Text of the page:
Keep iterating until you reach a stable configuration.
t-SNE is not deterministic; you might end up getting slightly different results for each run.

t-SNE tries to expand dense group of points and shrinks/contracts sparse clusters. So, cluster sizes in t-SNE doens't mean anything. Also, t-SNE does not preserve distances between clusters.
Making sure t-SNE doesn't make sense from random junk of points.

Introduction to Iris data set and 2d scatter plot. (~7 mins)

• EDA - exploratory data analysis and why it's important.
• Type of flowers: Setosa, Versicolor and Virginica.
• 4 features: sepal-lenght, sepal-width, petal-length, petal-width.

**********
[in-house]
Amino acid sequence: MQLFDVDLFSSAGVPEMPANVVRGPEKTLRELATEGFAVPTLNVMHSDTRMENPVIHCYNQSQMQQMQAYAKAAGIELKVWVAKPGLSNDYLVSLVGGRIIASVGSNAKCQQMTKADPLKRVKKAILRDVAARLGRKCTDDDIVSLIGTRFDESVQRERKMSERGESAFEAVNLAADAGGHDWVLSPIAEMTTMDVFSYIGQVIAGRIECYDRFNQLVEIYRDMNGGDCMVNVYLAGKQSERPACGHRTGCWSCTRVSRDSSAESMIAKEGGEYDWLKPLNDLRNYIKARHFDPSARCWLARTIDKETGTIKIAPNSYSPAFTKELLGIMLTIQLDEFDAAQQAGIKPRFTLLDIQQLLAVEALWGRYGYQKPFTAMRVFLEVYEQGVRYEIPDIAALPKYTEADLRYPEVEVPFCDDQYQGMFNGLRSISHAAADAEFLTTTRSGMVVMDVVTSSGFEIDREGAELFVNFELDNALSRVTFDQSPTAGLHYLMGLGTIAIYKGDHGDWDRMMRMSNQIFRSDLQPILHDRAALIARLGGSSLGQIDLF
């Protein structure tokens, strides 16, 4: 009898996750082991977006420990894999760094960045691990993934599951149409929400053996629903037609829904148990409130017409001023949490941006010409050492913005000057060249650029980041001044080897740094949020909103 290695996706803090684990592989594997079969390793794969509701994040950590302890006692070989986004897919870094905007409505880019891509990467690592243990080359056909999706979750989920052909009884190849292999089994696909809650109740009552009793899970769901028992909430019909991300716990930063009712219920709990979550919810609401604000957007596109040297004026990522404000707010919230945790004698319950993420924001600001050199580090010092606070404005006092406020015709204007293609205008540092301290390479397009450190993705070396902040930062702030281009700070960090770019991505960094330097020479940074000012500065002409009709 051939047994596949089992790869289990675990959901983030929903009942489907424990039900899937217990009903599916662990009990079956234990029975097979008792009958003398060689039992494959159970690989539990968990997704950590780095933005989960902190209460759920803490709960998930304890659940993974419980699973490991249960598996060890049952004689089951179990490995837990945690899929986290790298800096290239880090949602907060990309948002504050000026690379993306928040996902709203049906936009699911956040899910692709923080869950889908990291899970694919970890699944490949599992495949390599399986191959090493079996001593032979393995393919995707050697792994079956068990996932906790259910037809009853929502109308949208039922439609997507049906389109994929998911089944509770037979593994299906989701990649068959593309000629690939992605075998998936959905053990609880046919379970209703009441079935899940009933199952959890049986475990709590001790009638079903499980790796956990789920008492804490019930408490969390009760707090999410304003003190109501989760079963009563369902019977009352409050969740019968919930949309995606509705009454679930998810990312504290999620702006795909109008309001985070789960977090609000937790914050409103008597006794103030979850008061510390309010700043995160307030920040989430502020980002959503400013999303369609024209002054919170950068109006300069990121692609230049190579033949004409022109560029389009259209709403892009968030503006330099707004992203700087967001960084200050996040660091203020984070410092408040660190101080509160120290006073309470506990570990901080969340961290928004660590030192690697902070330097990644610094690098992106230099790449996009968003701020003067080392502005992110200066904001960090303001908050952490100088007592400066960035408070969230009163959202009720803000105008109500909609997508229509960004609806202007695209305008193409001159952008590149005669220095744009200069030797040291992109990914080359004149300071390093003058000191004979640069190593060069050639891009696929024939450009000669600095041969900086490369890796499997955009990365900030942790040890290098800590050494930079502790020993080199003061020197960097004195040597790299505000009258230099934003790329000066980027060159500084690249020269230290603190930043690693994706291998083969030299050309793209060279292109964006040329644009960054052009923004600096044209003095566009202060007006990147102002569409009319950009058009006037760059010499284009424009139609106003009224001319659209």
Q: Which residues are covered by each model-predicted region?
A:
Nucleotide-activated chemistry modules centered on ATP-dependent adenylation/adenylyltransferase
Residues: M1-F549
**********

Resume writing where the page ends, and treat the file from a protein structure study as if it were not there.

• Visualizing the features using scatter plots (pandas.DataFrame.plot and using seaborn).
• Sepal length and Sepal width features can be used to distinguish Setosa flowers from other kind of flowers.
• 3d scatter plot for the dataset.
• pandas.dataframe.plot doc
• Plotly for iris dataset
• 'One of the clusters contains Iris setosa, while the other cluster contains both Iris virginica and Iris versicolor and is not separable without the species information that Fisher used'-- wiki
• Python code for the 2d scatter plots.

PCA for dimensionality reduction (~10 mins)
Using PCA to reduce 2 dim data to one dim data.
Using PCA to reduce 10 dim data to two dim data.
Doing PCA and still preserve 99% of the variance.

t-SNE on MNIST (~7 mins)
We cannot interpret cluster sizes or inter-cluster distances in t-SNE.
Points which are visually similar are goruped/clustered together in t-SNE.